Nationalist survivors of the 1942 fighting in Burma take part in an assault course as part of their training in India. The helmets worn by the troops are M35s brought back from Burma by them, while their P-17 rifles have been donated by the Allies. With good training, regular meals and better uniforms, equipment and weaponry these soldiers soon became the elite of the Nationalist army.
US army instructor looks on as the crew of a PACK 75mm howitzer supplied by the USA fires its gun in the hills around the Ramgarh training centre in September 1943. US instructors were sent to set up a training scheme for the Nationalist artillery which involved new trainees then going on to instruct their comrades. The week-long training course was in most cases found to be adequate to get the Chinese up to a reasonable standard.
Soldiers of Y Force, the Allied trained and supplied army based in Yunnan province, cross a river in June 1943. Y Force was made up of eleven infantry divisions which were intended to enter Burma sometime in 1943–4. Their arms, equipment and training were not up to the standard of their sister organization, X Force, in India but were superior to other Nationalist formations. They were to be pitted against the 56th Division of the Japanese Imperial army fighting in some the most difficult terrain encountered during the Second World War.
When the Japanese Imperial navy’s aircraft attacked the US Pacific Fleet at Pearl Harbor on 7 December 1941 China’s war changed. Overnight the Chinese had Allies against Japan who Chiang Kai-shek hoped would aid him in his four-year war. However, the reality was different with the Japanese blitzkrieg tearing through British, US and Dutch territories by early 1942. In the short term the Allies had enough to cope with without sending armaments or any other aid to Nationalist China. French Indo-China had already been taken over by the Japanese in 1940, cutting off supplies to the Nationalists from that direction. When the Japanese Imperial army invaded British Burma from Thailand on 15 December the last land supply line along the Burma Road was threatened. As with Malaya, the Philippines and other Allied territories, the Japanese advanced through Burma. They moved northwards with the British forces retreating in front of them towards the Burma Road in the north-east of the territory.
Disturbed by the Japanese punitive campaign in north China that followed the Doolittle raid, Chiang Kai-shek feared that the loss of the Burma Road and the demands of other theaters would cut Lend-Lease programs for China. His short-term concern was the expansion of the Japanese occupation into western China; his strategic goal was to strengthen the Kuomintang and Nationalist Army against the Communists. Chiang’s special problem was the senior American officer organizationally at his side but physically in India, Lieutenant General Joseph W. Stilwell. As early as 1942 Stilwell found himself at odds with Chiang over the reform and employment of the Chinese Army. Stilwell had 2 divisions with him at Ramgarh, India (X Force), and he believed he controlled 12 more divisions in Yunnan province, China (Y Force). After the Burma campaign, none of these divisions had more than half their manpower, and they lacked weapons and training. Chiang did not view either force as adequate for his needs.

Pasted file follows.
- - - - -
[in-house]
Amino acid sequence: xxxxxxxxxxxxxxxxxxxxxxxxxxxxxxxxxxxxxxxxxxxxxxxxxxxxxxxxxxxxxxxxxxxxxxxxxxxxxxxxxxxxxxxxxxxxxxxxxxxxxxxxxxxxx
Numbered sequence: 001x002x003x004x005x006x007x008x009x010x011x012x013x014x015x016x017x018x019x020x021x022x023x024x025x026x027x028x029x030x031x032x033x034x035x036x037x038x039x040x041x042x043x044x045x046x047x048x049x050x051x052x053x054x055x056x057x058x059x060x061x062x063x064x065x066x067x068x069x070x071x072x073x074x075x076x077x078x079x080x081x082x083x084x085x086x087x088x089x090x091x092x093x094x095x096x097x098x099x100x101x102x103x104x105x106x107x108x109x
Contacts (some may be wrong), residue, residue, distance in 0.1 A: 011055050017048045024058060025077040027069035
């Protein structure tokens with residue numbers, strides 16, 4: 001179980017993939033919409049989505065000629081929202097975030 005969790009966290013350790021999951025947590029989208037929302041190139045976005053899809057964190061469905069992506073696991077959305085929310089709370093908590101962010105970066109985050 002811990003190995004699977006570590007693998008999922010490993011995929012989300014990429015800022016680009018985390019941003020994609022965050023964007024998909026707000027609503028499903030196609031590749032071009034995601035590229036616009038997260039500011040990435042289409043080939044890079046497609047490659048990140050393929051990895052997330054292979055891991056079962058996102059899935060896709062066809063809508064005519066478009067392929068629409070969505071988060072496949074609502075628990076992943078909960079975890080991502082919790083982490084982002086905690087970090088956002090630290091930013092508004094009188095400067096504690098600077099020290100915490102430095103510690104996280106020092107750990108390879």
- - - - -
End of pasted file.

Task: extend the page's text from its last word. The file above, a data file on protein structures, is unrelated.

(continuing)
Instead, he presented an ambitious plan to Roosevelt in June 1942. The Three Demands, drafted by Brigadier General Claire L. Chennault, argued that China held the key to defeating Japan with land-based air power. Chiang could not wait for Stilwell to reopen the Burma Road with a new extension from Ledo in northern India. Instead, the United States should send three divisions to undertake this mission while Chennault built an American air force of over 500 aircraft in China. This force would employ heavy bombers that would attack Japanese supply lines and bases along China’s coast. Until the Burma Road reopened, air transports from India would supply the air force in China. Chiang demanded an airlift capacity of 5,000 tons a month, an incredible figure, since the designated transport, the twin-engine C-46, had only a four-ton load capacity. At the time of the Three Demands, Chennault’s 130 aircraft required 2,000 tons of supplies per month, which meant a 500-aircraft force would probably need 10,000 tons a month, not 5,000. Moreover, who would guard the air bases? The Chiang-Chennault plan said that an elite, American-armed Nationalist Army (Z Force) would perform this mission, which sent the logistical requirements even higher.
Roosevelt and the Joint Chiefs of Staff knew they could not meet the Three Demands, but they could not ignore the fact that the Nationalists might tie down much of the Japanese Army. A military renaissance in China, built around 30 elite Nationalist divisions, would protect the air force Chennault wanted. Despite British skepticism about China, Roosevelt promised to do something about getting money and Lend-Lease supplies to Chungking. He did so for several reasons: a sincere conviction that China might become a regional power; his optimistic expediency in military affairs; and his sensitivity to the China lobby, which included influential members of his own cabinet as well as Republican senators and media moguls.